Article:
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Palaeontology and Geology Books

The best palaeontology and geology books for all ages and levels, including kids books. Read a review for featured books below or explore ALL BOOKS.

Beginners Library

Beginners library Geology and Palaeontology are Everywhere You Look! Update your knowledge with these beautifully written books, become an amateur palaeontologist and fossil hunter, or learn something new!Beginners Palaeontology, dinosaurs, and prehistoric animals...

Roadside Geology Series

Roadside Geology Series On the photo I hold a book "Roadside Geology of Washington state" by Dr. Marli Miller and Dr. Darrel Cowan but the series include 34 titles and reveal geology that lies along the road from Washington, Alaska, and California to Florida,...

Palaeontology and Geology Online Classes

Dinosaur Paleobiology is a 12-lesson course teaching a comprehensive overview of non-avian dinosaurs. Topics covered: anatomy, eating, locomotion, growth, environmental and behavioral adaptations, origins and extinction. Lessons are delivered from museums, fossil-preparation labs and dig sites. Estimated workload: 3-5 hrs/week.

Course By: Philip John Currie, PhD

Paleontology: Theropod Dinosaurs and the Origin of Birds is a five-lesson course teaching a comprehensive overview of the origins of birds. This course examines the anatomy, diversity, and evolution of theropod dinosaurs in relation to the origin of birds. Students explore various hypotheses for the origin of flight.

Course By: Philip John Currie, PhD

This course introduces you to the five mass extinctions of the pre-human past, their causes and significance to the history of life on earth, and the current mass extinction happening during our time. We’ll also explore the history of paleontology and geological study and review the key players that influenced the science today.

Regardless of your familiarity with the topic, you’ll get portable handouts, lively demonstrations, and quizzes that bridge and enhance your knowledge.

Course By: Anthony J. Martin

How are all of the species living on Earth today related? How does understanding evolutionary science contribute to our well-being? In this course, participants will learn about evolutionary relationships, population genetics, and natural and artificial selection. Participants will explore evolutionary science and learn how to integrate it into their classrooms.

Course By: Joel Cracraft, Ph.D.

Learn about the origin and evolution of life and the search for life beyond the Earth.

Course By: Charles Cockell

Paleontology: Ancient Marine Reptiles is a four-lesson course teaching a comprehensive overview of the evolutionary changes that occur when air-breathing terrestrial animals return to water. This course examines the diversity, adaptations, convergence, and phylogenetic relationships of extinct marine reptiles. Students will explore three major groups of marine reptiles: ichthyosaurs, plesiosaurs, and mosasaurs.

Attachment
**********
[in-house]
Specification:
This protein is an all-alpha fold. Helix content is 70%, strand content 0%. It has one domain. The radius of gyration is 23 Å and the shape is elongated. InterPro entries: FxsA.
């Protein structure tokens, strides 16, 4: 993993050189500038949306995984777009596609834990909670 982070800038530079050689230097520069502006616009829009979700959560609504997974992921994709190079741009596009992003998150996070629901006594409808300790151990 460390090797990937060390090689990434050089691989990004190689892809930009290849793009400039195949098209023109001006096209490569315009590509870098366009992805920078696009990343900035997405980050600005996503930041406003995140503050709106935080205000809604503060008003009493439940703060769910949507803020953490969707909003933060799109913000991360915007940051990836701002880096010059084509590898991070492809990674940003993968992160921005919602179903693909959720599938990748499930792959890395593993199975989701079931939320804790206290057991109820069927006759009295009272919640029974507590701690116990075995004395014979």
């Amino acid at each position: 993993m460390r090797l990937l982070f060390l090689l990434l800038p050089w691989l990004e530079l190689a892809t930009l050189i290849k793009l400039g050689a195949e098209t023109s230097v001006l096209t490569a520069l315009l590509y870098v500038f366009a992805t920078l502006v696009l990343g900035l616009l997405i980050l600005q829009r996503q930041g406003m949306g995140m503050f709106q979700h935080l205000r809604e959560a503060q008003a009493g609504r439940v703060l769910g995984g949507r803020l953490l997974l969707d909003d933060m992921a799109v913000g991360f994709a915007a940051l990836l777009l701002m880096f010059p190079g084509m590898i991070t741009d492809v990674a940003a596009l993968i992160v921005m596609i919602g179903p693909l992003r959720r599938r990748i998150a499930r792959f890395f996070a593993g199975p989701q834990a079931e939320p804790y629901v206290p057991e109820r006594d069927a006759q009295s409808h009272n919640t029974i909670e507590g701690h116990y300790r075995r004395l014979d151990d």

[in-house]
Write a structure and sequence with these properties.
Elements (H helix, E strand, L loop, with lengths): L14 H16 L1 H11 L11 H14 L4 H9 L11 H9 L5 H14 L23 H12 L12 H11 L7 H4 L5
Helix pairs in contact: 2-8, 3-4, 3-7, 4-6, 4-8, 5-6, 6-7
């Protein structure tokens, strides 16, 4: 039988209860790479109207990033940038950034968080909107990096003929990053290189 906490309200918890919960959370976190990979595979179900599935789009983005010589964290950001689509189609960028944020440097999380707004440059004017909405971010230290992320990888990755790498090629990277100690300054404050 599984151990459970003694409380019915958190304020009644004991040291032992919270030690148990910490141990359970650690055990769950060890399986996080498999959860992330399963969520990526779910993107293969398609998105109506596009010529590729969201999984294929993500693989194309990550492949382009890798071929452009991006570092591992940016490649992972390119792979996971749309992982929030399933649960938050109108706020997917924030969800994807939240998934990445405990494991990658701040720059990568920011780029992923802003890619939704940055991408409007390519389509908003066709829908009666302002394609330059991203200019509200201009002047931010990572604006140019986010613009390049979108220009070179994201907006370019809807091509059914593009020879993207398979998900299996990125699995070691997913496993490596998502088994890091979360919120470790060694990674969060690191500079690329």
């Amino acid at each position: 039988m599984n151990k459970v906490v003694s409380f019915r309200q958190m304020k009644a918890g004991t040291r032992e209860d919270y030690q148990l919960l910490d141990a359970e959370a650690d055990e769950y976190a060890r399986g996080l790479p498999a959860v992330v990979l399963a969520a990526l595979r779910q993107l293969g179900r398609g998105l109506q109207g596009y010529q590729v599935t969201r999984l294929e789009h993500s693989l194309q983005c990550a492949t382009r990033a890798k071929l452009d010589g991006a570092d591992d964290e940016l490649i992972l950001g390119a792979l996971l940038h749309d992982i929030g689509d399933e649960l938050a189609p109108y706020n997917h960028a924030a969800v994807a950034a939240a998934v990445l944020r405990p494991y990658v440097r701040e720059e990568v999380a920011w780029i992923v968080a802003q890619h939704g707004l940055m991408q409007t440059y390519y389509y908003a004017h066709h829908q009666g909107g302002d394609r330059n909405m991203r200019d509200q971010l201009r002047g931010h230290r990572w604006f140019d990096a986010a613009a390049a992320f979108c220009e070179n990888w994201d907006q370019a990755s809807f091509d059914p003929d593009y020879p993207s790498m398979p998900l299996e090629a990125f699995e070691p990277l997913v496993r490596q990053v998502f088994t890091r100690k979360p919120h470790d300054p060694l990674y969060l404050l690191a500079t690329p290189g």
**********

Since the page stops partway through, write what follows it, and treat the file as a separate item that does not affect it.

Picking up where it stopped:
Course By: Michael Caldwell, PhD

Paleontology: Early Vertebrate Evolution is a four-lesson course teaching a comprehensive overview of the origin of vertebrates. Students will explore the diversity of Palaeozoic lineages within a phylogenetic and evolutionary framework. This course examines the evolution of major vertebrate novelties including the origin of fins, jaws, and tetrapod limbs. Students also explore key Canadian fossil localities, including the Burgess Shale (British Columbia), Miguasha (Quebec), and Man On The Hill (Northwest Territories).

Course By: Alison Murray, Ph.D

How did life emerge on Earth? How have life and Earth co-evolved through geological time? Is life elsewhere in the universe? Take a look through the 4-billion-year history of life on Earth through the lens of the modern Tree of Life!

This course will evaluate the entire history of life on Earth within the context of our cutting-edge understanding of the Tree of Life. This includes the pioneering work of Professor Carl Woese on the University of Illinois Urbana-Champaign campus which revolutionized our understanding with a new “Tree of Life.” Other themes include: -Reconnaissance of ancient primordial life before the first cell evolved -The entire ~4-billion-year development of single- and multi-celled life through the lens of the Tree of Life -The influence of Earth system processes (meteor impacts, volcanoes, ice sheets) on shaping and structuring the Tree of Life.

Course By: Bruce W. Fouke, Ph.D.

Rockhounding and Fossils Clubs

This photo was taken at the Gem and Mineral Show 2020 in Puyallup, Washington state from Charles Tiblow’s booth.

Charles Tiblow collected every specimen from all the different states of USA.

Why should you consider joining a club? You are connected with incredible people who are passionate about palaeonlogy and geology, experineced in this field, and know all your local gems and fossils localities. Most clubs have monthly meetings and field trips and provide an access to a club’s gear for their members.